Real Estate

Crystal City Held a Contest for a New Mural—Here Are the Five Finalists

The winning design will wrap around Synetic Theater—and beautify the streetscape as Amazon moves in.

A rendering of one of the murals that could get painted onto Synetic Theater. Images courtesy of the Crystal City BID.

Long before Crystal City became the site of HQ2, Synetic Theater was one of the neighborhood’s few cultural draws. So it seems only fair that its drab exterior become one of the earliest beneficiaries of efforts to beautify the area as Amazon’s presence there builds.

The Crystal City BID and Amazon’s landlord JBG Smith sponsored a contest to find a muralist to give the theater a colorful facelift. Arlington County and the theater itself were also partners in the effort. Since the call for entries went out in July, 24 submissions have rolled in from around the world. They’ve since been narrowed to five finalists.

No matter which design is chosen, turning the building into a public art piece will no doubt improve the view for the Amazon employees moving into the offices next door at 1800 South Bell Street. The BID says a winner will be announced in October, and the mural is slated to be finished by year-end.

“This neighborhood has been Synetic Theater’s home since 2010,” said Synetic’s managing director Jason Najjoum in a statement. “We are proud to be a part of the future of Crystal City and excited to have one of these talented artists create a design that will elevate Synetic Theater’s physical presence in the community.”

Renderings of the five finalists will be on display at the Crystal City Underground beginning September 28. For now, take your first look at them here.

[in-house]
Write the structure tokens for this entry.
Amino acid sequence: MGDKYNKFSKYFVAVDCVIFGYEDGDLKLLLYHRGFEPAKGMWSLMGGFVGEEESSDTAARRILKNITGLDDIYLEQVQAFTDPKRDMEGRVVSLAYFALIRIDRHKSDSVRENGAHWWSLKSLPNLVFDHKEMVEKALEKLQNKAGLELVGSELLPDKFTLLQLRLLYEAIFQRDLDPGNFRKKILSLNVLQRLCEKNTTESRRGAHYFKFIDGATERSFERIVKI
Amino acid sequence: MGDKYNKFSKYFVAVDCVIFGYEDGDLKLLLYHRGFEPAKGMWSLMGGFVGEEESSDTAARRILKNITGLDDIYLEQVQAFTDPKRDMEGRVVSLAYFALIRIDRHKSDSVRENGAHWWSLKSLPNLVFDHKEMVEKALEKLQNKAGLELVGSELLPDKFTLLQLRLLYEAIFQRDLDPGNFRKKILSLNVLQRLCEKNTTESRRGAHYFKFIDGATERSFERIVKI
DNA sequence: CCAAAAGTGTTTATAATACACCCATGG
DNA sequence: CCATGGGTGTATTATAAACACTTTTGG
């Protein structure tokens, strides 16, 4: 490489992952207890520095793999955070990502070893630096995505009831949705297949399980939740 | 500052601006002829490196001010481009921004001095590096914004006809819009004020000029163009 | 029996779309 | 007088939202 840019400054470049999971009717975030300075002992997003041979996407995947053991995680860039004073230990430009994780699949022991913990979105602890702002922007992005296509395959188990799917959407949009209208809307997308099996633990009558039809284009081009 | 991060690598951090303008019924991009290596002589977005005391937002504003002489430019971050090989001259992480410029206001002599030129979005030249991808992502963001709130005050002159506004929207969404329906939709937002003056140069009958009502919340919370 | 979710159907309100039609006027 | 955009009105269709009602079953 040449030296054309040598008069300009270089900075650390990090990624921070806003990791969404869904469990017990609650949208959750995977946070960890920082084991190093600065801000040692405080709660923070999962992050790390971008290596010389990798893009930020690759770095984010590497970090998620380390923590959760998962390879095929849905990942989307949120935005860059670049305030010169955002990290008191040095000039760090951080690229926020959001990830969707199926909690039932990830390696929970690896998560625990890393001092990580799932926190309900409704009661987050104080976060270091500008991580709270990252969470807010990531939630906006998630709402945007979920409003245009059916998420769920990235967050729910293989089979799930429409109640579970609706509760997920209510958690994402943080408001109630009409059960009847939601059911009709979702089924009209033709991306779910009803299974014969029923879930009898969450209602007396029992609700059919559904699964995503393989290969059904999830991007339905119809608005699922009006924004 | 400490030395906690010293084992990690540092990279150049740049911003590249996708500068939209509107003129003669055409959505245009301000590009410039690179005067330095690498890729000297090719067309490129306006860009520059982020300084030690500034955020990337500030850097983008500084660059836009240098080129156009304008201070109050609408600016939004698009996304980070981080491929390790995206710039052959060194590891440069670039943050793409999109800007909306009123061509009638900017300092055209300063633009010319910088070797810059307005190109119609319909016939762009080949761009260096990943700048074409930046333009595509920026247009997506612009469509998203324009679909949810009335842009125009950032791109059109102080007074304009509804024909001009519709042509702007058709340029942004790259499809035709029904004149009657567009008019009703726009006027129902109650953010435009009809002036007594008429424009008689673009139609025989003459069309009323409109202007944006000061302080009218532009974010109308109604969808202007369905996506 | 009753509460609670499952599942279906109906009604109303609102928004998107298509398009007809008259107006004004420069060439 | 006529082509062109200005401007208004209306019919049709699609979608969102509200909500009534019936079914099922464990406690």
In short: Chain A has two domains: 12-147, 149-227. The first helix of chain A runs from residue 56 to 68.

By Juan Pineda and Pipkin Creative
This concept, called “Tropical City”, is a collaboration between DC artist Juan Pineda, and DC art firm Pipkin Creative.

By Jay Shogo
Muralist Jay Shogo began his art career in Los Angeles and has since created murals in Miami, Barbados, Australia, and Korea.

By David de la Mano
Contemporary Spanish artist David de la Mano calls his design “The City in Motion”.

By SuiteNation, Naturel, and Gregory Cummins
This entry, called “Light Through a Prism”, is a collaboration between the DC event-design firm SuiteNation; artist Lawrence “Naturel” Atoique; and Gregory Cummins, founder of art advisory and artist representation agency Pintar Worldwide.

By Cecilia Lueza
The concept from Argentine-American artist Cecilia Lueza was inspired by color and movement.

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Senior Editor

Marisa M. Kashino joined Washingtonian in 2009 as a staff writer, and became a senior editor in 2014. She was previously a reporter for Legal Times and the National Law Journal. She recently wrote “A Murder on the Rappahannock,” a two-part investigation into the troubling, decades-old slaying of a young mother in rural Virginia. Kashino lives in Northeast DC with her husband, two dogs, and two cats.